THOUSANDS of homeowners are about to see their monthly mortgage repayments go up after the Bank of England hiked interest rates.
The Bank last week increased the base rate of interest for the fifth time in a row, to 1.25%.
Any homeowners with a variable or tracker mortgage will see their monthly repayments rise as a result.
Around 850,000 people with a tracker mortgage will see an immediate rise to their repayments as the products are directly linked to the BoE's rate.
A 0.25% rate hike is estimated to add £30 a month to a £250,000 mortgage with a 25 year term, according to credit app TotallyMoney – or £360 a year.
But even those with a fixed rate mortgage could find their repayments are about to get more expensive, especially if they're looking to lock in to a new deal.
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Many banks are pulling their cheapest mortgage deals as the base rate increases.
According to Moneyfacts, the average two-year fixed mortgage rate has gone up from 2.09% in May 2020, to 3.03% today.
A typical five-year mortgage has gone up from 2.35% to 3.17% over that period.
Halifax Intermediaries will increase rates on a range of its mortgage products by as much as 0.5 percentage points from tomorrow.
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These are the mortgages you can access using a mortgage broker.
Lewis Shaw, founder of Shaw Financial Services, said: "This time last year, Halifax had a two-year remortgage deal available for 0.83% for buyers with a 40% deposit .
"From tomorrow, it will be 3.33% for identical circumstances – it shows how the market can change rapidly."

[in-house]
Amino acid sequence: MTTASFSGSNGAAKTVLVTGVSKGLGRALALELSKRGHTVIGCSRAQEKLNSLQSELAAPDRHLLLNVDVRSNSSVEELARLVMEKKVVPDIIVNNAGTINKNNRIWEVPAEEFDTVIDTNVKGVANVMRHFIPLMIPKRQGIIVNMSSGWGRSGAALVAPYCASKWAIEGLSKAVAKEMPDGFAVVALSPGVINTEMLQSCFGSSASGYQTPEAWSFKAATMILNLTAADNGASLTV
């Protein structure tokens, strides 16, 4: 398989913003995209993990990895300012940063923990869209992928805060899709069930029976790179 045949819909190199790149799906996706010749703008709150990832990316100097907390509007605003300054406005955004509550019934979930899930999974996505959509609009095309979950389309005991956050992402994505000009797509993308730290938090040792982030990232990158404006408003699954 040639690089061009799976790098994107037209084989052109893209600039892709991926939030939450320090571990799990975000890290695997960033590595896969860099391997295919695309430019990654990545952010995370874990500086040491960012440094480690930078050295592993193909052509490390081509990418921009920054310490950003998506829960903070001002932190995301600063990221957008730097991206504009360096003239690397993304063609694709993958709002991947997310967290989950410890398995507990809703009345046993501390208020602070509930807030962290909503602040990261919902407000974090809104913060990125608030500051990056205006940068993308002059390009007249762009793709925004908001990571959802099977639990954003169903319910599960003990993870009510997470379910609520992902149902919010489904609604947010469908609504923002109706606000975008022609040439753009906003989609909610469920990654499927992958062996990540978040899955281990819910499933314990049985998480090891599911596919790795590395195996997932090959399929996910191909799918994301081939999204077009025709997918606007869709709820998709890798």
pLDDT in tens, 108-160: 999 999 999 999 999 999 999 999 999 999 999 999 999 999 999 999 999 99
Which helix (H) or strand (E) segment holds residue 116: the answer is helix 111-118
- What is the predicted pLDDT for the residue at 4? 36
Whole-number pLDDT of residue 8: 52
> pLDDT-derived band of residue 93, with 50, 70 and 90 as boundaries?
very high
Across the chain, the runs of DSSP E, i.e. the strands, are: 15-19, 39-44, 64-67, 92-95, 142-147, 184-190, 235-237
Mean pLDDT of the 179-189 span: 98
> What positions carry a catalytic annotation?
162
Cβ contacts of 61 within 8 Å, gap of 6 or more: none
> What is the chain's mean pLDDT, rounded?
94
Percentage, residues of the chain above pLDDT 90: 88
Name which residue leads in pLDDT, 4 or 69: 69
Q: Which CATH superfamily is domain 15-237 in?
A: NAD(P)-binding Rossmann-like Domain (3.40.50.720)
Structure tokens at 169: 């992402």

A two-year fixed rate mortgage for a buyer with a 10% deposit will go up from 3.24% to 3.66% with no fees.
On a £200,000 25-year mortgage, repayments on the lower rate would be £974 a month.
At the new higher rate, they would be £1,018 a month – an extra £528 a year.
A five year fix will increase from 3.26% to 3.76%.
Monthly repayments on a £200,000 mortgage at the new rate would be £1,029.
What you need to do now
If you're already a homeowner, it is worth seeing whether you could lock in your next mortgage deal now.
You're likely to notice that the rates are not as competitive as they used to be – but by historical terms, they're still very low, so it's not time to panic yet.
Jonathan Burridge, founding adviser at We Are Money, said: "When I started in the industry, the interest rate at the mortgage lender where I worked was 15.75%.
"But that is no solace for borrowing looking at reviewing their ultra-low fixed rate deals in 2022.
"Borrowers should look at their options, understand their budgets, and start planning for the next few years."
Mortgage providers will typically let you lock in a new deal three months before your current one ends – and in some cases, up to six months ahead.
This allows you to secure a mortgage before rates rise further, and means you don't have to wait for your current deal to end first.
You can either get a new deal with your current mortgage provider, or shop around to find a different lender offering a better deal.
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One thing to note though, is that often the deal will run from when you agree it NOT when you actually move on to that rate.
If you're staying with the same mortgage provider, however, it may be possible to switch to the new rate earlier – so it's worth asking.
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